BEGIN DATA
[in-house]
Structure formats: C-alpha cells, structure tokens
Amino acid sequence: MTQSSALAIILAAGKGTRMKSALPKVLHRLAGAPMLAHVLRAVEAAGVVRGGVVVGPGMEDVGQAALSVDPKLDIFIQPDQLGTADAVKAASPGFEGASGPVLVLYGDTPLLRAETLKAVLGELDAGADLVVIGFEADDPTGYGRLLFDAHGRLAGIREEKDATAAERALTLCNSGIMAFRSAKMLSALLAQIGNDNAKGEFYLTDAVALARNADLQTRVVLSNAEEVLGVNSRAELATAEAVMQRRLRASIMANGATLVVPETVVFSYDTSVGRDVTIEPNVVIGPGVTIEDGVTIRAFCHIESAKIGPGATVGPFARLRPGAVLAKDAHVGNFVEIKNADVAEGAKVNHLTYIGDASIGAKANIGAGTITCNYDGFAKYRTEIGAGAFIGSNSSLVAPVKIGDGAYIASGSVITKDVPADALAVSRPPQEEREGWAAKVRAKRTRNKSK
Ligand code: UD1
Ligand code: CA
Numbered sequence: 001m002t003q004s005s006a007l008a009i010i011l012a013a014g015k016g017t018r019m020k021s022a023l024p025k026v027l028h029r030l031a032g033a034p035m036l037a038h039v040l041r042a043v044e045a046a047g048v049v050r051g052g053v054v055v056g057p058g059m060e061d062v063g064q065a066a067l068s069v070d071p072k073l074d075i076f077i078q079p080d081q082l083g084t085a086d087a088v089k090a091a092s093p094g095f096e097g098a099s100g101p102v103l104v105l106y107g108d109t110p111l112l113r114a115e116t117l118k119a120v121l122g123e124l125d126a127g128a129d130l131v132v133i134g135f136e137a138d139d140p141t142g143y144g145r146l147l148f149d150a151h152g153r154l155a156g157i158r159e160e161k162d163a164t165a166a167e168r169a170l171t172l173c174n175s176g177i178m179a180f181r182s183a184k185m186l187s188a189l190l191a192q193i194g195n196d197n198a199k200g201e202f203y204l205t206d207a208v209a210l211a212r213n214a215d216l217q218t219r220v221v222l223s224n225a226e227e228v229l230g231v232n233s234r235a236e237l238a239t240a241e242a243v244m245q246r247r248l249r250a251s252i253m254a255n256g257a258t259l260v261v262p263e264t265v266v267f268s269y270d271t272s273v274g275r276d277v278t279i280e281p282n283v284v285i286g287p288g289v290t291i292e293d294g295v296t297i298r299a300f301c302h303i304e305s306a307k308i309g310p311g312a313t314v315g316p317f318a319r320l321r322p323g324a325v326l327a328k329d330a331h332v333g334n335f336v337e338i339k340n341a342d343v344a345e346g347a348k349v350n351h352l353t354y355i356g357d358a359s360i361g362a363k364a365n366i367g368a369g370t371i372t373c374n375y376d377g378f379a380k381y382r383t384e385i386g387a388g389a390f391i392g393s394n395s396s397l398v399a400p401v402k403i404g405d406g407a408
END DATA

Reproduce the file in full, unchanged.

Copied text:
[in-house]
Structure formats: C-alpha cells, structure tokens
Amino acid sequence: MTQSSALAIILAAGKGTRMKSALPKVLHRLAGAPMLAHVLRAVEAAGVVRGGVVVGPGMEDVGQAALSVDPKLDIFIQPDQLGTADAVKAASPGFEGASGPVLVLYGDTPLLRAETLKAVLGELDAGADLVVIGFEADDPTGYGRLLFDAHGRLAGIREEKDATAAERALTLCNSGIMAFRSAKMLSALLAQIGNDNAKGEFYLTDAVALARNADLQTRVVLSNAEEVLGVNSRAELATAEAVMQRRLRASIMANGATLVVPETVVFSYDTSVGRDVTIEPNVVIGPGVTIEDGVTIRAFCHIESAKIGPGATVGPFARLRPGAVLAKDAHVGNFVEIKNADVAEGAKVNHLTYIGDASIGAKANIGAGTITCNYDGFAKYRTEIGAGAFIGSNSSLVAPVKIGDGAYIASGSVITKDVPADALAVSRPPQEEREGWAAKVRAKRTRNKSK
Ligand code: UD1
Ligand code: CA
Numbered sequence: 001m002t003q004s005s006a007l008a009i010i011l012a013a014g015k016g017t018r019m020k021s022a023l024p025k026v027l028h029r030l031a032g033a034p035m036l037a038h039v040l041r042a043v044e045a046a047g048v049v050r051g052g053v054v055v056g057p058g059m060e061d062v063g064q065a066a067l068s069v070d071p072k073l074d075i076f077i078q079p080d081q082l083g084t085a086d087a088v089k090a091a092s093p094g095f096e097g098a099s100g101p102v103l104v105l106y107g108d109t110p111l112l113r114a115e116t117l118k119a120v121l122g123e124l125d126a127g128a129d130l131v132v133i134g135f136e137a138d139d140p141t142g143y144g145r146l147l148f149d150a151h152g153r154l155a156g157i158r159e160e161k162d163a164t165a166a167e168r169a170l171t172l173c174n175s176g177i178m179a180f181r182s183a184k185m186l187s188a189l190l191a192q193i194g195n196d197n198a199k200g201e202f203y204l205t206d207a208v209a210l211a212r213n214a215d216l217q218t219r220v221v222l223s224n225a226e227e228v229l230g231v232n233s234r235a236e237l238a239t240a241e242a243v244m245q246r247r248l249r250a251s252i253m254a255n256g257a258t259l260v261v262p263e264t265v266v267f268s269y270d271t272s273v274g275r276d277v278t279i280e281p282n283v284v285i286g287p288g289v290t291i292e293d294g295v296t297i298r299a300f301c302h303i304e305s306a307k308i309g310p311g312a313t314v315g316p317f318a319r320l321r322p323g324a325v326l327a328k329d330a331h332v333g334n335f336v337e338i339k340n341a342d343v344a345e346g347a348k349v350n351h352l353t354y355i356g357d358a359s360i361g362a363k364a365n366i367g368a369g370t371i372t373c374n375y376d377g378f379a380k381y382r383t384e385i386g387a388g389a390f391i392g393s394n395s396s397l398v399a400p401v402k403i404g405d406g407a408